Teachers turn learning upside down
'Inverted learning' allows students to practice what they learn under the guidance of their classroom teacher
Some innovative teachers are turning the traditional classroom model on its head in an effort to make instruction more valuable to their students.
This new teaching and learning style, often called “flipped” or “inverted” learning, makes the students the focus of the class, not the teacher, by having students watch a lecture at home and then apply the lesson with the teacher in the classroom.
With inverted learning, these forward-thinking educators say, students can absorb the material as homework and then practice what they’ve learned with guided help from the teacher if they need it. This new learning style not only makes class time more productive for both teachers and students, but also increases student engagement, increases achievement, and caters to all forms of personalized learning, say the teachers.
Although this style of learning might be termed “inverted,” perhaps it’s the current style of learning with teachers as the “sage on the stage” that is backwards.
“I experimented a lot with differentiated instruction and layered curriculum,” said Dan Spencer, a science teacher at Michigan Center High School and educational technology consultant for Jackson County Intermediate School District (JCISD). “One thing I began to realize as I did that was that not all students learn in the same way or at the same pace. Unfortunately, the way schools are set up, all students are forced to learn the exact same thing in the exact same time and in the exact same way. I wanted to find a way to change that.”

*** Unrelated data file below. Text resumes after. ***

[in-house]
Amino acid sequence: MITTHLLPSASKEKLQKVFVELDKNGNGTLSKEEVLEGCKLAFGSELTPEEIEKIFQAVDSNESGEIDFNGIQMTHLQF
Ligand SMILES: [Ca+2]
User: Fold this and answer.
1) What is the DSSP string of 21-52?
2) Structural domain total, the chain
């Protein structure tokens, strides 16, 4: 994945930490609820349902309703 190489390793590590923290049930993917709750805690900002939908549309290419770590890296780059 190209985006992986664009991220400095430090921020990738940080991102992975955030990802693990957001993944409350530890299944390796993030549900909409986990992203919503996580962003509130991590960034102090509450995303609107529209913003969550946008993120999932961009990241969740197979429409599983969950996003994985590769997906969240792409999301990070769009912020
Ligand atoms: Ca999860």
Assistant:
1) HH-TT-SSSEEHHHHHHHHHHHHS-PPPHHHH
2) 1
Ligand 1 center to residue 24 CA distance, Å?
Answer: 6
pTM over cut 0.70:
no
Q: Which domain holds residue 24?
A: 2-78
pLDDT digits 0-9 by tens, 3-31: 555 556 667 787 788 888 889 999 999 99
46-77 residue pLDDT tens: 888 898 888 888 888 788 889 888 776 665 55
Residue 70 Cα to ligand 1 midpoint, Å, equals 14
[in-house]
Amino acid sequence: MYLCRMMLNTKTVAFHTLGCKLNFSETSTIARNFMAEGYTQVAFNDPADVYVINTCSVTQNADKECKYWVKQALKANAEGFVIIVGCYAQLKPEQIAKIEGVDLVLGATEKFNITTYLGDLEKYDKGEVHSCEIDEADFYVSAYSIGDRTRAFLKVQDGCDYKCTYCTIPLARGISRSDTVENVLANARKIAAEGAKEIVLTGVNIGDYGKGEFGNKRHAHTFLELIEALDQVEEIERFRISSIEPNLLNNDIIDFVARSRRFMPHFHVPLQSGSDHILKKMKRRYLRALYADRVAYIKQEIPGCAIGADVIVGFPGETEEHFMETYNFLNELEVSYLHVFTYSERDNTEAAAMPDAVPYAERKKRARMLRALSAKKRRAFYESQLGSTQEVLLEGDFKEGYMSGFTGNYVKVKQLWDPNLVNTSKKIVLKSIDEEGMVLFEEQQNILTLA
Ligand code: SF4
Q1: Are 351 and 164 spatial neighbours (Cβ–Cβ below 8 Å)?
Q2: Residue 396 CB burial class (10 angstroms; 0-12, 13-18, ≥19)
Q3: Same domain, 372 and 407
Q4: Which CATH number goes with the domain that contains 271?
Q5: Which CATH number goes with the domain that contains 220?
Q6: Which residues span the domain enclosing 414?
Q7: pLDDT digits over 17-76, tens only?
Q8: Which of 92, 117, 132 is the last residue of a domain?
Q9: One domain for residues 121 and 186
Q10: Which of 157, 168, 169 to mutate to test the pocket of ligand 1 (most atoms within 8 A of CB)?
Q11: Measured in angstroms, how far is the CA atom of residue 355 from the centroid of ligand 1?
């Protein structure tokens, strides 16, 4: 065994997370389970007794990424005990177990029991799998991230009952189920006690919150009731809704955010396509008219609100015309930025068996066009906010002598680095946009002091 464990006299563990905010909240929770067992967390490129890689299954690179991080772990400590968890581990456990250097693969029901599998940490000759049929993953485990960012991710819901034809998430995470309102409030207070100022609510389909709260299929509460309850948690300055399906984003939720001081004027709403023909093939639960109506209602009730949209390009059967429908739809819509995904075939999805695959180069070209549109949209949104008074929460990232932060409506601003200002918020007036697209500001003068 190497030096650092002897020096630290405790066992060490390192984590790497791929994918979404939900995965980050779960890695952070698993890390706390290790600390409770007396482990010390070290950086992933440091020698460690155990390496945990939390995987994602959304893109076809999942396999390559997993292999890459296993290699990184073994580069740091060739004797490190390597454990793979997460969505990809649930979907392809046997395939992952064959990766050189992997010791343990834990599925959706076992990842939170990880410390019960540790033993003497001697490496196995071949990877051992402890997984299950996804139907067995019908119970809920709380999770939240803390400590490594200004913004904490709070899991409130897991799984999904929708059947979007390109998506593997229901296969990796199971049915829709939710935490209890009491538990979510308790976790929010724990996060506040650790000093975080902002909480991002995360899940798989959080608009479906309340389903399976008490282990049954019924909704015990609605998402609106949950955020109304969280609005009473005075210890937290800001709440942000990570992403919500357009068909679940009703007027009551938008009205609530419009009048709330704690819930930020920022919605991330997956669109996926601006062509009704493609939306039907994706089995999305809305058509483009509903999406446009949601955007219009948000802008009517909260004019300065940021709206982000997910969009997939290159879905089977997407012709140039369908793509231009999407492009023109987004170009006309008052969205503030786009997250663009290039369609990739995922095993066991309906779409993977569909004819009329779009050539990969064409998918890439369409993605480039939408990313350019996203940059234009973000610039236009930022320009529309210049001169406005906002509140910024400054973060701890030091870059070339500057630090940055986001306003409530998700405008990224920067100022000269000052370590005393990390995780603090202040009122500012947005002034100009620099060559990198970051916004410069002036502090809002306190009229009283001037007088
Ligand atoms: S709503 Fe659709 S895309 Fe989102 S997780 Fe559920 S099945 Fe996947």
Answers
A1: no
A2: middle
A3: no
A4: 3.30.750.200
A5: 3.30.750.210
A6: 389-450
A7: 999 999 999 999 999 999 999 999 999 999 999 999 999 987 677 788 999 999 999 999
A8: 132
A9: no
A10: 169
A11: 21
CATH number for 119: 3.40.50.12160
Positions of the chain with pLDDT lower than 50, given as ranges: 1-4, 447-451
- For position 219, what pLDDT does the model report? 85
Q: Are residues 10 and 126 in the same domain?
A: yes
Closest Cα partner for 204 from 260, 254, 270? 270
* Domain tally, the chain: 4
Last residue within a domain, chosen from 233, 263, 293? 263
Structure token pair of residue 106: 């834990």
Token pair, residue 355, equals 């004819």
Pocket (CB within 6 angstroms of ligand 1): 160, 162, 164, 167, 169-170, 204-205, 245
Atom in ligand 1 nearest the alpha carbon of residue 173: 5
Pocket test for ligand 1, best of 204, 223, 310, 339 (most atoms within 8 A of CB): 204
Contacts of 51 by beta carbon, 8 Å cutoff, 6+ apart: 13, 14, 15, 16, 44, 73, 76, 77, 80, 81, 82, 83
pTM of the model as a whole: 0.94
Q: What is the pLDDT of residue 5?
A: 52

Spencer, who currently teaches three sections of chemistry and two sections of engineering every day as part of Project Lead the Way, typically has anywhere from 15 to 28 students in a chemistry class period. The school district is relatively small, with roughly 400 students in grades 9 through 12 in a lower-middle class community.
Many of the district’s students come from homes where their parents did not go to college, and many say they are going to college but few actually graduate from the next level, says Spencer.
For Spencer, a love for science came naturally, but he realizes this is not true for all students. He also realizes that interest in science is sometimes spurred by the teacher, not just the material.
“I know that very few of my students will go on to become chemists, physicists, or anything of that nature, but they should be able to leave my class knowing how to question, research, and test scientific claims regardless of what they choose to do afterwards,” said Spencer. “At the same time, I also feel that those students who do excel in STEM fields need to have classes that push them and challenge them with real-world problems, and not just memorized facts from a textbook.”
To help make that realization a reality, Spencer got a little help from his superintendent, David Tebo, who eMailed the entire high school staff an idea for a “flipped” classroom that came from two teachers in Colorado, Jon Bergmann and Aaron Samms.
When Spencer read the eMail, he knew that this was how he wanted to run his classroom.